When her contemporaries ran out of words to describe Suzanne Lenglen they always fell back on "incomparable." On that and that alone they could all agree. Everything else about her was cause for furious debate on both sides of the Atlantic. Was she heroine or harridan? Was she courageous or corrupt? Was her infamous temperament a byproduct of genius or just the manipulation of an overweening arriviste? Did she purposely keep Queen Mary waiting at Wimbledon? Did she quit rather than lose to Molla Mallory at Forest Hills? Could she have survived a third set against Helen Wills at Cannes? Was she rich? Was she broke? Was she in love, engaged, about to be married? Was it cognac in the little silver flask from which she drank at the changeovers? And by the way, between us, exactly what did she wear beneath those silk tennis dresses of hers?
No matter where she went or what she did, controversy, scandal, gossip and rumor buzzed about Lenglen's bandeaued head like a swarm of benevolent bees, and she, who understood better than even the best sports promoters of her day the uses of fame, did nothing to quiet any of it. This delightful, outrageous and quintessentially French woman was the unrivaled queen of tennis from 1919 to 1926. In that span she won the Wimbledon singles title six times, the French title six times and the world hard-court championship four times, as well as two gold medals at the 1920 Olympics in Antwerp. But most impressive of all, in those seven years she lost only one match, a highly controversial (of course) default to the U.S. champion, Mallory, in 1921. One loss in seven years. And she didn't just beat her opponents, she demolished them. They measured their successes against Lenglen in points. A game was a triumph. A set was historic. In 1925, her greatest year as a player, she won the Wimbledon singles title after losing a total of only five games to her seven opponents and the French championship after losing just four. In 1926 her fame transcended not only tennis but also all of sport. In an era of living legends like Babe Ruth, Red Grange, Jack Dempsey, Gertrude Ederle and Bill Tilden, she was the best-known athlete in the world, the one whose private life was hot news and whose personal style was a yardstick by which contemporary sophistication was measured.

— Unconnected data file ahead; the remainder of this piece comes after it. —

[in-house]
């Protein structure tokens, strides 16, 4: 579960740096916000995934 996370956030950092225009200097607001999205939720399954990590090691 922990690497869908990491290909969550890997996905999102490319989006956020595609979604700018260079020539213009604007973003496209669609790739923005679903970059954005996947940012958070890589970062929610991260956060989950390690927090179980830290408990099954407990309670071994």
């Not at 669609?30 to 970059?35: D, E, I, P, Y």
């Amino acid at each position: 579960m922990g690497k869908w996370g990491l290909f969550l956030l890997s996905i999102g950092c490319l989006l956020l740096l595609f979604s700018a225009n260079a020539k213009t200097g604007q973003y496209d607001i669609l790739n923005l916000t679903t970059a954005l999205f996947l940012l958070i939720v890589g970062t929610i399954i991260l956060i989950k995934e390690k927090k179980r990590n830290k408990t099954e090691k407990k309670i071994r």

In that year, she did what no other tennis player had ever done: She became a playing professional. When she announced her intention, the world was stunned.
The elaborate pretense that tennis was an amateur sport, the same charade that was doggedly maintained until 1968, already was fully institutionalized by the mid-1920s. Lenglen and other notable players of the day were rewarded for their efforts in wondrously devious ways. It was rumored, for instance, that Wimbledon officials once guaranteed Lenglen's appearance by betting her father, Charles, a considerable sum that she would not show. When of course she did, Papa Lenglen collected.
As long as an athlete toed the line as it was laid down by his national or local tennis federation, he or she was reasonably well looked after, and in the case of a star such as Lenglen, lavishly indulged.